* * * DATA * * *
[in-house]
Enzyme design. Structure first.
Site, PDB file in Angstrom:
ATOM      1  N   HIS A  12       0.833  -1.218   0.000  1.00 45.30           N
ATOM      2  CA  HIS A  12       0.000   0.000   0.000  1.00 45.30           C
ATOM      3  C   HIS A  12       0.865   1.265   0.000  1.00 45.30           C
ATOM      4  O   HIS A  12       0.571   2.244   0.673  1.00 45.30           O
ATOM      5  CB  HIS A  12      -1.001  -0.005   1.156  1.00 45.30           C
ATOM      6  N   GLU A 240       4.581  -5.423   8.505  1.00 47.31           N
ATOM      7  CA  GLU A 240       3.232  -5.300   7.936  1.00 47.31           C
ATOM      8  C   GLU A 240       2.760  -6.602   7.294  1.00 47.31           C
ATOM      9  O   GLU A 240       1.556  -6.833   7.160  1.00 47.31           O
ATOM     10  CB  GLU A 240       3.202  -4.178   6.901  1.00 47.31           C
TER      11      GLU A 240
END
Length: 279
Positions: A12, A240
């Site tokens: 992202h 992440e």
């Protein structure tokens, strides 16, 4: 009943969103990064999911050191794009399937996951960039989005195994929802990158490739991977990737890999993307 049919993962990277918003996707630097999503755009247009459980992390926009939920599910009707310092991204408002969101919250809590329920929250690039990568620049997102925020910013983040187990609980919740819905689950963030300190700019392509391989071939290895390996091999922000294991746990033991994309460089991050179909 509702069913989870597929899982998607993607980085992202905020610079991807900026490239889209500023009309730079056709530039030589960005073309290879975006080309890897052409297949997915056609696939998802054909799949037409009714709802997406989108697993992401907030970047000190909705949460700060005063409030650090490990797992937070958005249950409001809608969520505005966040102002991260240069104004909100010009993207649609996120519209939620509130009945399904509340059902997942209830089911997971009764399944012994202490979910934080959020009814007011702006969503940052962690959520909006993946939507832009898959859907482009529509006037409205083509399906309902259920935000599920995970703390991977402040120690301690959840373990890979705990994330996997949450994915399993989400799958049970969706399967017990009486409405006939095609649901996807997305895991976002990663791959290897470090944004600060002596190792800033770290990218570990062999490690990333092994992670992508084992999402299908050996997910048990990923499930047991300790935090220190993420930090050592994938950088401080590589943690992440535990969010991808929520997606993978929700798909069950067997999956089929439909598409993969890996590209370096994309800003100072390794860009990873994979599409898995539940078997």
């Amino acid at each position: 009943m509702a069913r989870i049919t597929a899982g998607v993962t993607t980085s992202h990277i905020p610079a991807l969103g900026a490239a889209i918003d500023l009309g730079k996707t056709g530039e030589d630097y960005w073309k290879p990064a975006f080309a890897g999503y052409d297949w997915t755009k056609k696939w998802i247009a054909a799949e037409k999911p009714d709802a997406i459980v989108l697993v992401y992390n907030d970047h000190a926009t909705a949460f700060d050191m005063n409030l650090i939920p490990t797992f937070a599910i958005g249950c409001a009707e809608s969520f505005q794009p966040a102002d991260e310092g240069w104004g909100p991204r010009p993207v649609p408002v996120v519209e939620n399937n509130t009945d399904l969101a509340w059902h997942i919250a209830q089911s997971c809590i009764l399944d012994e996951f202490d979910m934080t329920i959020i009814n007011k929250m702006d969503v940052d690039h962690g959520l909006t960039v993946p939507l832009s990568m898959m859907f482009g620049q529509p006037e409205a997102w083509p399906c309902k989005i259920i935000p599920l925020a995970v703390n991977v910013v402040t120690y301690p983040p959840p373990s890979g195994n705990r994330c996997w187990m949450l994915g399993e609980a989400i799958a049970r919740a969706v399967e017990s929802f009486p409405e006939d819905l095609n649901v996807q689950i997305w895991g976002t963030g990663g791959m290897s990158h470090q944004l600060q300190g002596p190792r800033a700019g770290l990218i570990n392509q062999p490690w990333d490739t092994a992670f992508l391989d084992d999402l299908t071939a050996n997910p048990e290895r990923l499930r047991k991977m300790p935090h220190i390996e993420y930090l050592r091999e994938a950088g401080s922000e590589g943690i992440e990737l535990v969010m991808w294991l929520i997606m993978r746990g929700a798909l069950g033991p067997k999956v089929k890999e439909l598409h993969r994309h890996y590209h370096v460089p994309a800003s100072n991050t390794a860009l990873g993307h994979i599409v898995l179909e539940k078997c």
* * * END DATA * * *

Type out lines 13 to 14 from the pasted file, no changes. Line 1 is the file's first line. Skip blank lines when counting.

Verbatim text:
ATOM     10  CB  GLU A 240       3.202  -4.178   6.901  1.00 47.31           C
TER      11      GLU A 240